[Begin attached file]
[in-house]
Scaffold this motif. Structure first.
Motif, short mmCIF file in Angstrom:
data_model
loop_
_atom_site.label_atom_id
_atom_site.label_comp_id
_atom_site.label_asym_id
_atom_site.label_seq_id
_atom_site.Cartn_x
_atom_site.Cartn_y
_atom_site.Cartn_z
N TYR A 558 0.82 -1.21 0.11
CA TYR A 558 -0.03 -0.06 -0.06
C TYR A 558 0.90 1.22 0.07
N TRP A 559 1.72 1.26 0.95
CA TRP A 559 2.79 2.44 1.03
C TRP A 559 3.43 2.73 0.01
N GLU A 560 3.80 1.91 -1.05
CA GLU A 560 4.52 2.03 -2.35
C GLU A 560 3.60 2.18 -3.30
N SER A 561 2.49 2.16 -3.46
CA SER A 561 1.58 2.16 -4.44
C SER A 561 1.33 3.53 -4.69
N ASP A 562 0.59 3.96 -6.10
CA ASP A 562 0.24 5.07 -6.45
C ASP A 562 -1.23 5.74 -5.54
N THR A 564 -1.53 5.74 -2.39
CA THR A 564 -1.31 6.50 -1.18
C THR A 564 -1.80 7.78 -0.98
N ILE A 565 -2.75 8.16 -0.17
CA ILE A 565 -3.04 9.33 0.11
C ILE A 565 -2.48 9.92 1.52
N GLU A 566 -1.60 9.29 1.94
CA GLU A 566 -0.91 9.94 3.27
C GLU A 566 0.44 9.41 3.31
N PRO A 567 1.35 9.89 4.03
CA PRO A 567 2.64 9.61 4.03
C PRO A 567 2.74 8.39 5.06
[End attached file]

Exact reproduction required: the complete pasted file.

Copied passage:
[in-house]
Scaffold this motif. Structure first.
Motif, short mmCIF file in Angstrom:
data_model
loop_
_atom_site.label_atom_id
_atom_site.label_comp_id
_atom_site.label_asym_id
_atom_site.label_seq_id
_atom_site.Cartn_x
_atom_site.Cartn_y
_atom_site.Cartn_z
N TYR A 558 0.82 -1.21 0.11
CA TYR A 558 -0.03 -0.06 -0.06
C TYR A 558 0.90 1.22 0.07
N TRP A 559 1.72 1.26 0.95
CA TRP A 559 2.79 2.44 1.03
C TRP A 559 3.43 2.73 0.01
N GLU A 560 3.80 1.91 -1.05
CA GLU A 560 4.52 2.03 -2.35
C GLU A 560 3.60 2.18 -3.30
N SER A 561 2.49 2.16 -3.46
CA SER A 561 1.58 2.16 -4.44
C SER A 561 1.33 3.53 -4.69
N ASP A 562 0.59 3.96 -6.10
CA ASP A 562 0.24 5.07 -6.45
C ASP A 562 -1.23 5.74 -5.54
N THR A 564 -1.53 5.74 -2.39
CA THR A 564 -1.31 6.50 -1.18
C THR A 564 -1.80 7.78 -0.98
N ILE A 565 -2.75 8.16 -0.17
CA ILE A 565 -3.04 9.33 0.11
C ILE A 565 -2.48 9.92 1.52
N GLU A 566 -1.60 9.29 1.94
CA GLU A 566 -0.91 9.94 3.27
C GLU A 566 0.44 9.41 3.31
N PRO A 567 1.35 9.89 4.03
CA PRO A 567 2.64 9.61 4.03
C PRO A 567 2.74 8.39 5.06